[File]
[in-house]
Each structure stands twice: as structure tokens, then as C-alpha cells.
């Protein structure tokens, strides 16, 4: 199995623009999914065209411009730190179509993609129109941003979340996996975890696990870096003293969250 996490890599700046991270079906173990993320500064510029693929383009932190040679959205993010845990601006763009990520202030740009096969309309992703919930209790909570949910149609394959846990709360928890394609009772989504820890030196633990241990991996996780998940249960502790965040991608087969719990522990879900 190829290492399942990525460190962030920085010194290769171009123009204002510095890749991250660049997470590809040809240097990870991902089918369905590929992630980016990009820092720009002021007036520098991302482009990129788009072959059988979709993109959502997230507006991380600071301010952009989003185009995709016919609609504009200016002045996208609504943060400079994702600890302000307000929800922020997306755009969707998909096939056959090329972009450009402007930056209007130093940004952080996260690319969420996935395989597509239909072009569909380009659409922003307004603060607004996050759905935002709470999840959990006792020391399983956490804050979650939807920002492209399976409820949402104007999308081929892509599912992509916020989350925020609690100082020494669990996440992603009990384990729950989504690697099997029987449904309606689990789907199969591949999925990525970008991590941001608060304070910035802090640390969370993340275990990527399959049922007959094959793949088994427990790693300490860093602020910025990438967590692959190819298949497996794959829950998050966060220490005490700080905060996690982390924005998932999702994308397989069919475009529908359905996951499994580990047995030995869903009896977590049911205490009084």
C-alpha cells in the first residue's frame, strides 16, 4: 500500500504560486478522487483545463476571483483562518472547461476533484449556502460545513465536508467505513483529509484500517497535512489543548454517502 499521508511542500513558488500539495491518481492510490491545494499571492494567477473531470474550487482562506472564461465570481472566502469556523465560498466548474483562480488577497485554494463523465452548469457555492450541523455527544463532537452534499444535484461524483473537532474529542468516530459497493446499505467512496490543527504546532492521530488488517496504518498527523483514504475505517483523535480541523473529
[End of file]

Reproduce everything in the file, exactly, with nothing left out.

[in-house]
Each structure stands twice: as structure tokens, then as C-alpha cells.
């Protein structure tokens, strides 16, 4: 199995623009999914065209411009730190179509993609129109941003979340996996975890696990870096003293969250 996490890599700046991270079906173990993320500064510029693929383009932190040679959205993010845990601006763009990520202030740009096969309309992703919930209790909570949910149609394959846990709360928890394609009772989504820890030196633990241990991996996780998940249960502790965040991608087969719990522990879900 190829290492399942990525460190962030920085010194290769171009123009204002510095890749991250660049997470590809040809240097990870991902089918369905590929992630980016990009820092720009002021007036520098991302482009990129788009072959059988979709993109959502997230507006991380600071301010952009989003185009995709016919609609504009200016002045996208609504943060400079994702600890302000307000929800922020997306755009969707998909096939056959090329972009450009402007930056209007130093940004952080996260690319969420996935395989597509239909072009569909380009659409922003307004603060607004996050759905935002709470999840959990006792020391399983956490804050979650939807920002492209399976409820949402104007999308081929892509599912992509916020989350925020609690100082020494669990996440992603009990384990729950989504690697099997029987449904309606689990789907199969591949999925990525970008991590941001608060304070910035802090640390969370993340275990990527399959049922007959094959793949088994427990790693300490860093602020910025990438967590692959190819298949497996794959829950998050966060220490005490700080905060996690982390924005998932999702994308397989069919475009529908359905996951499994580990047995030995869903009896977590049911205490009084």
C-alpha cells in the first residue's frame, strides 16, 4: 500500500504560486478522487483545463476571483483562518472547461476533484449556502460545513465536508467505513483529509484500517497535512489543548454517502 499521508511542500513558488500539495491518481492510490491545494499571492494567477473531470474550487482562506472564461465570481472566502469556523465560498466548474483562480488577497485554494463523465452548469457555492450541523455527544463532537452534499444535484461524483473537532474529542468516530459497493446499505467512496490543527504546532492521530488488517496504518498527523483514504475505517483523535480541523473529